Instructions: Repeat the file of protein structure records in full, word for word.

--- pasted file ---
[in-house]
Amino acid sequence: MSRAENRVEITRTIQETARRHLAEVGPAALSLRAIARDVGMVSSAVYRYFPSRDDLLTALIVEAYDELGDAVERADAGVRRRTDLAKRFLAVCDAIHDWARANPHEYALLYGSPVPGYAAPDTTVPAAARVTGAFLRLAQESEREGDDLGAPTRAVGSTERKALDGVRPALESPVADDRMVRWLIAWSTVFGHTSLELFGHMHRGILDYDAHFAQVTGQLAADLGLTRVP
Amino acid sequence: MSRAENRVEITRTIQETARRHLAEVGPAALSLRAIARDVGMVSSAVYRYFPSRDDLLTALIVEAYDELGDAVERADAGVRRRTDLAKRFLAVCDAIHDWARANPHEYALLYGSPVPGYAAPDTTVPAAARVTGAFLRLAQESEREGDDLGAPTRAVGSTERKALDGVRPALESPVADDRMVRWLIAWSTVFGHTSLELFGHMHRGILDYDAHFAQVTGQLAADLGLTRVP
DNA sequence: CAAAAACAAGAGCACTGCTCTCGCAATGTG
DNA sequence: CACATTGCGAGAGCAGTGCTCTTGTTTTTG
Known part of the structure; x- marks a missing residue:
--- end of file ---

[in-house]
Amino acid sequence: MSRAENRVEITRTIQETARRHLAEVGPAALSLRAIARDVGMVSSAVYRYFPSRDDLLTALIVEAYDELGDAVERADAGVRRRTDLAKRFLAVCDAIHDWARANPHEYALLYGSPVPGYAAPDTTVPAAARVTGAFLRLAQESEREGDDLGAPTRAVGSTERKALDGVRPALESPVADDRMVRWLIAWSTVFGHTSLELFGHMHRGILDYDAHFAQVTGQLAADLGLTRVP
Amino acid sequence: MSRAENRVEITRTIQETARRHLAEVGPAALSLRAIARDVGMVSSAVYRYFPSRDDLLTALIVEAYDELGDAVERADAGVRRRTDLAKRFLAVCDAIHDWARANPHEYALLYGSPVPGYAAPDTTVPAAARVTGAFLRLAQESEREGDDLGAPTRAVGSTERKALDGVRPALESPVADDRMVRWLIAWSTVFGHTSLELFGHMHRGILDYDAHFAQVTGQLAADLGLTRVP
DNA sequence: CAAAAACAAGAGCACTGCTCTCGCAATGTG
DNA sequence: CACATTGCGAGAGCAGTGCTCTTGTTTTTG
Known part of the structure; x- marks a missing residue: